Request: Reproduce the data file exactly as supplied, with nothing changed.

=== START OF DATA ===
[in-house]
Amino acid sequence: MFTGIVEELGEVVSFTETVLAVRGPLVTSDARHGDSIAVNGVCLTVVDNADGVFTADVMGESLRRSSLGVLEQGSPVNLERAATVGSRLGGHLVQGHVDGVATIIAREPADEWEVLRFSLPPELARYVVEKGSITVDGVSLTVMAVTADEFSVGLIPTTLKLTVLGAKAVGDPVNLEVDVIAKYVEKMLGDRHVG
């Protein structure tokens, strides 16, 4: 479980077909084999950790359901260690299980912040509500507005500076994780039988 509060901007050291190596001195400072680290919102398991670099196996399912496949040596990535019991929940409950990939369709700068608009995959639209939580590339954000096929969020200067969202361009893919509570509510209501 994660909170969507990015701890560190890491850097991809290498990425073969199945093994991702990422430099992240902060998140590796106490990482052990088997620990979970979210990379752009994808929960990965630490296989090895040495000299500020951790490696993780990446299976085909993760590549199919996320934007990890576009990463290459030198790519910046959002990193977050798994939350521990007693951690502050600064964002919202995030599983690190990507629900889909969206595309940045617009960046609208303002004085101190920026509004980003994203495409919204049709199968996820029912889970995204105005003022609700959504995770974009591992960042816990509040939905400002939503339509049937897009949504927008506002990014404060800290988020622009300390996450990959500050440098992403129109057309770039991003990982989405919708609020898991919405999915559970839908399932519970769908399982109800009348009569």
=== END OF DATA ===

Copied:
[in-house]
Amino acid sequence: MFTGIVEELGEVVSFTETVLAVRGPLVTSDARHGDSIAVNGVCLTVVDNADGVFTADVMGESLRRSSLGVLEQGSPVNLERAATVGSRLGGHLVQGHVDGVATIIAREPADEWEVLRFSLPPELARYVVEKGSITVDGVSLTVMAVTADEFSVGLIPTTLKLTVLGAKAVGDPVNLEVDVIAKYVEKMLGDRHVG
């Protein structure tokens, strides 16, 4: 479980077909084999950790359901260690299980912040509500507005500076994780039988 509060901007050291190596001195400072680290919102398991670099196996399912496949040596990535019991929940409950990939369709700068608009995959639209939580590339954000096929969020200067969202361009893919509570509510209501 994660909170969507990015701890560190890491850097991809290498990425073969199945093994991702990422430099992240902060998140590796106490990482052990088997620990979970979210990379752009994808929960990965630490296989090895040495000299500020951790490696993780990446299976085909993760590549199919996320934007990890576009990463290459030198790519910046959002990193977050798994939350521990007693951690502050600064964002919202995030599983690190990507629900889909969206595309940045617009960046609208303002004085101190920026509004980003994203495409919204049709199968996820029912889970995204105005003022609700959504995770974009591992960042816990509040939905400002939503339509049937897009949504927008506002990014404060800290988020622009300390996450990959500050440098992403129109057309770039991003990982989405919708609020898991919405999915559970839908399932519970769908399982109800009348009569």